Human Rights Advocate, Diplomat and Scholar Martin Palouš to Speak at LSU on Feb. 14
BATON ROUGE – Martin Palouš, former ambassador of the Czech Republic to the United States of America, will speak at LSU on Thursday, Feb. 14, at 3:15 p.m. in the Hill Memorial Library Lecture Hall.
Along with future President Vaclav Havel, Palouš was a leader in the underground movement resisting Soviet tyranny in the period leading up to the Velvet Revolution of 1989 that liberated his country and all of East Central Europe from Russian dominion. His lecture at LSU, “Vaclav Havel: Resisting Tyranny and Making the Velvet Revolution,” is sponsored by the Eric Voegelin Institute, the LSU Department of Political Science and ISI at LSU. The event is free and open to the public.
Palouš is now director of the Vaclav Havel Library in Prague and senior fellow at the School of International and Public Affairs at Florida International University in Miami. He served as ambassador of the Czech Republic to the United States of America from 2001-2005 and permanent representative to the United Nations in New York from 2006-2011. His other diplomatic appointments include Czech Republic’s deputy minister of foreign affairs from 1998-2001, and deputy minister of foreign affairs of Czechoslovakia from 1990-1992.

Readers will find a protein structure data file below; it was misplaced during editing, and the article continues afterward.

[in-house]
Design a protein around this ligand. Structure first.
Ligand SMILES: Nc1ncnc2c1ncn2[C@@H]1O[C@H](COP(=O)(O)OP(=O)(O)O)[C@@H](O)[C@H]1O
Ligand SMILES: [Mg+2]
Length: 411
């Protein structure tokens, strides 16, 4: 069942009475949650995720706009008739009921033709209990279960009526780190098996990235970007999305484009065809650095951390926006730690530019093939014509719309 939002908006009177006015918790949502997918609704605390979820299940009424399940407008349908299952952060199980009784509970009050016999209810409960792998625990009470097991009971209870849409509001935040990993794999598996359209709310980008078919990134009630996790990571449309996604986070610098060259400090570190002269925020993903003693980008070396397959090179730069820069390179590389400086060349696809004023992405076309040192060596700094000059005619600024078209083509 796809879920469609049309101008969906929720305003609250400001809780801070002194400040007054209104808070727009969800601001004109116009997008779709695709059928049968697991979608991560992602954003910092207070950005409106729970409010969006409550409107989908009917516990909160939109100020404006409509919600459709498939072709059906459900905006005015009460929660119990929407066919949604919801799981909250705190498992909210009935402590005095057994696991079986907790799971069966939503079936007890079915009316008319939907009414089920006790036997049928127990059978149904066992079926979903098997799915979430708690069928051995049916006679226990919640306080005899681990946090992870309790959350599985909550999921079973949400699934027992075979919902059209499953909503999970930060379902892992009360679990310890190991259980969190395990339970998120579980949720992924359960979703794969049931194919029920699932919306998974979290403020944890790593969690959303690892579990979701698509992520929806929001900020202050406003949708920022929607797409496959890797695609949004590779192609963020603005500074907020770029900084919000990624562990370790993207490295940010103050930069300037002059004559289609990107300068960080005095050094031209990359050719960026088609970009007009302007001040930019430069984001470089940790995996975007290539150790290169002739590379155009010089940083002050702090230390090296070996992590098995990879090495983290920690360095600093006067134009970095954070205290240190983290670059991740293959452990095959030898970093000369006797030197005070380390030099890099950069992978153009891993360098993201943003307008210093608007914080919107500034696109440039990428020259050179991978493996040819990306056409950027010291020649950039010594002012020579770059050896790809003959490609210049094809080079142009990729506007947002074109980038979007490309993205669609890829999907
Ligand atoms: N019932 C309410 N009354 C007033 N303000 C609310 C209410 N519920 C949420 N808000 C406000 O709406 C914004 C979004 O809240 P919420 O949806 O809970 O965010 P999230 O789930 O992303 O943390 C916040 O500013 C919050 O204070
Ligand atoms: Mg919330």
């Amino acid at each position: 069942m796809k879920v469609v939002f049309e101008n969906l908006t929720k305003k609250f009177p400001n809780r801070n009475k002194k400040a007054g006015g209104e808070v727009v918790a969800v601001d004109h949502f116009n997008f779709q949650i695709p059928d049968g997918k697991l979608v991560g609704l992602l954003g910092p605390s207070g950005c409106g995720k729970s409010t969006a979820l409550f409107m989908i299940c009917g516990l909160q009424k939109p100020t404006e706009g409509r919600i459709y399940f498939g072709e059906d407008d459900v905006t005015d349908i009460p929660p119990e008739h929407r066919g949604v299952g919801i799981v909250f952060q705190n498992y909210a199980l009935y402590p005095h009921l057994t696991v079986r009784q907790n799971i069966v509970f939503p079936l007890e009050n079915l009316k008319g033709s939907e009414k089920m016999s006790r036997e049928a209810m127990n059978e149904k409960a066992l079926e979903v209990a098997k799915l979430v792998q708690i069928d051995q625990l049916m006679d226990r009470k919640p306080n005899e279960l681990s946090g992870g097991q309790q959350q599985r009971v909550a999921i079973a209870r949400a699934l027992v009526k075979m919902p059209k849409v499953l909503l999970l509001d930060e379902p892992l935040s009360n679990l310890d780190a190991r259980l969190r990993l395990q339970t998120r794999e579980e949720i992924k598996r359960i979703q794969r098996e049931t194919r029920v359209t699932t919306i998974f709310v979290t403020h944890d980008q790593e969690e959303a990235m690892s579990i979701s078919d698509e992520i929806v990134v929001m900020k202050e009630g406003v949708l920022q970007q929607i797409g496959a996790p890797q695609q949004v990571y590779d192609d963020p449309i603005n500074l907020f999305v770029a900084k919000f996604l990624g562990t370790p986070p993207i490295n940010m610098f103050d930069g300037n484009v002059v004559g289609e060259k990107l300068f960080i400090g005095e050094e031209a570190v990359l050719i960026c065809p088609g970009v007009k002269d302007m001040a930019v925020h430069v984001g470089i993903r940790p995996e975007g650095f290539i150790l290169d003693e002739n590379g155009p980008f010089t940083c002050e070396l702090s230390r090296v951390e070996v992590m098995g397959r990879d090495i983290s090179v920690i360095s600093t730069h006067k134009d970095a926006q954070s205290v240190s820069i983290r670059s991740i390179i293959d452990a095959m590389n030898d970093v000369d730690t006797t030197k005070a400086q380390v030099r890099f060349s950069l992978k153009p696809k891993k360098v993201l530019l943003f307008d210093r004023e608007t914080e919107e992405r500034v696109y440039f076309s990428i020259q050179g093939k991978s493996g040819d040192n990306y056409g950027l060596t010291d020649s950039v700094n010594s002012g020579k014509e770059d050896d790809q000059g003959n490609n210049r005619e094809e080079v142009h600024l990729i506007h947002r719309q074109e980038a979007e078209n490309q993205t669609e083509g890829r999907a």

One of the first signers of Charter 77, Palouš served as spokesman for the human rights group. In 1989, he became a founding member of the Civic Forum. He was elected to the Federal Assembly in 1990.
Palouš studied natural sciences, philosophy and law. He received his Ph.D. in public international law from Masaryk University in Brno, Czech Republic, where he defended his doctoral thesis, “Freedom of Expression in the European Court of Human Rights,” in 2007. His active academic career has included multiple teaching positions and numerous publications both at home and abroad.